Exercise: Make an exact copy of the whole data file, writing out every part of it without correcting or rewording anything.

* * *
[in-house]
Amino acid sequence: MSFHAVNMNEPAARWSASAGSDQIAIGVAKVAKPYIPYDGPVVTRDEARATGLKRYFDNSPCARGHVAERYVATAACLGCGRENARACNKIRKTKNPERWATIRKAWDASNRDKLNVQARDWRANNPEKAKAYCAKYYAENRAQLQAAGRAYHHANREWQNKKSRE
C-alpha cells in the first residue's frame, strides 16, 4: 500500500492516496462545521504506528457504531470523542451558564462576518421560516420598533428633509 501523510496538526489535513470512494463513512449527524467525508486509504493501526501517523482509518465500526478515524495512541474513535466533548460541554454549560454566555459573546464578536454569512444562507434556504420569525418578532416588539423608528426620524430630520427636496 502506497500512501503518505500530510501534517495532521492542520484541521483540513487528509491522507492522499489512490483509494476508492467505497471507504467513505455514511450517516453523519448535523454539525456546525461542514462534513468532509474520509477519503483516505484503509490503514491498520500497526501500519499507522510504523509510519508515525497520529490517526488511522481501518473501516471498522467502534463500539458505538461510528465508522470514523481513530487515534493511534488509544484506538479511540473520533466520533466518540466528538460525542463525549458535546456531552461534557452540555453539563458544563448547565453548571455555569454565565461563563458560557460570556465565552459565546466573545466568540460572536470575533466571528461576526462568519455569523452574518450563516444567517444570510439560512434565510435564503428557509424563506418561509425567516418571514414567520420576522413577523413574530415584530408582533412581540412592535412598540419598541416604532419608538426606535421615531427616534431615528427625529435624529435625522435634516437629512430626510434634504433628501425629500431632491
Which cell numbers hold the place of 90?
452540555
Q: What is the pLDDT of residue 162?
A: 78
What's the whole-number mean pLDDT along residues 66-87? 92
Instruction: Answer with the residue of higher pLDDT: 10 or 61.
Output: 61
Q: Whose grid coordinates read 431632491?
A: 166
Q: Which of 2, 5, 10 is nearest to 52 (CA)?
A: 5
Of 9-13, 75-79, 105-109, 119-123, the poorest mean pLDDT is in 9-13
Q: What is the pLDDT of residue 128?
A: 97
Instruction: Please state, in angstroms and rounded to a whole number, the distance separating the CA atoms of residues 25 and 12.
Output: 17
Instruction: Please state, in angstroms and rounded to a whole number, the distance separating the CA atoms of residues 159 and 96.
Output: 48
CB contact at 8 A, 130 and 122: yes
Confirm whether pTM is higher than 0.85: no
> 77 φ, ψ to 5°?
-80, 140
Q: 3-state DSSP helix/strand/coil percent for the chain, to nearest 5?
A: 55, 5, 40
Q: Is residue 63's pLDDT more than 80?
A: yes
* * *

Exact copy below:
[in-house]
Amino acid sequence: MSFHAVNMNEPAARWSASAGSDQIAIGVAKVAKPYIPYDGPVVTRDEARATGLKRYFDNSPCARGHVAERYVATAACLGCGRENARACNKIRKTKNPERWATIRKAWDASNRDKLNVQARDWRANNPEKAKAYCAKYYAENRAQLQAAGRAYHHANREWQNKKSRE
C-alpha cells in the first residue's frame, strides 16, 4: 500500500492516496462545521504506528457504531470523542451558564462576518421560516420598533428633509 501523510496538526489535513470512494463513512449527524467525508486509504493501526501517523482509518465500526478515524495512541474513535466533548460541554454549560454566555459573546464578536454569512444562507434556504420569525418578532416588539423608528426620524430630520427636496 502506497500512501503518505500530510501534517495532521492542520484541521483540513487528509491522507492522499489512490483509494476508492467505497471507504467513505455514511450517516453523519448535523454539525456546525461542514462534513468532509474520509477519503483516505484503509490503514491498520500497526501500519499507522510504523509510519508515525497520529490517526488511522481501518473501516471498522467502534463500539458505538461510528465508522470514523481513530487515534493511534488509544484506538479511540473520533466520533466518540466528538460525542463525549458535546456531552461534557452540555453539563458544563448547565453548571455555569454565565461563563458560557460570556465565552459565546466573545466568540460572536470575533466571528461576526462568519455569523452574518450563516444567517444570510439560512434565510435564503428557509424563506418561509425567516418571514414567520420576522413577523413574530415584530408582533412581540412592535412598540419598541416604532419608538426606535421615531427616534431615528427625529435624529435625522435634516437629512430626510434634504433628501425629500431632491
Which cell numbers hold the place of 90?
452540555
Q: What is the pLDDT of residue 162?
A: 78
What's the whole-number mean pLDDT along residues 66-87? 92
Instruction: Answer with the residue of higher pLDDT: 10 or 61.
Output: 61
Q: Whose grid coordinates read 431632491?
A: 166
Q: Which of 2, 5, 10 is nearest to 52 (CA)?
A: 5
Of 9-13, 75-79, 105-109, 119-123, the poorest mean pLDDT is in 9-13
Q: What is the pLDDT of residue 128?
A: 97
Instruction: Please state, in angstroms and rounded to a whole number, the distance separating the CA atoms of residues 25 and 12.
Output: 17
Instruction: Please state, in angstroms and rounded to a whole number, the distance separating the CA atoms of residues 159 and 96.
Output: 48
CB contact at 8 A, 130 and 122: yes
Confirm whether pTM is higher than 0.85: no
> 77 φ, ψ to 5°?
-80, 140
Q: 3-state DSSP helix/strand/coil percent for the chain, to nearest 5?
A: 55, 5, 40
Q: Is residue 63's pLDDT more than 80?
A: yes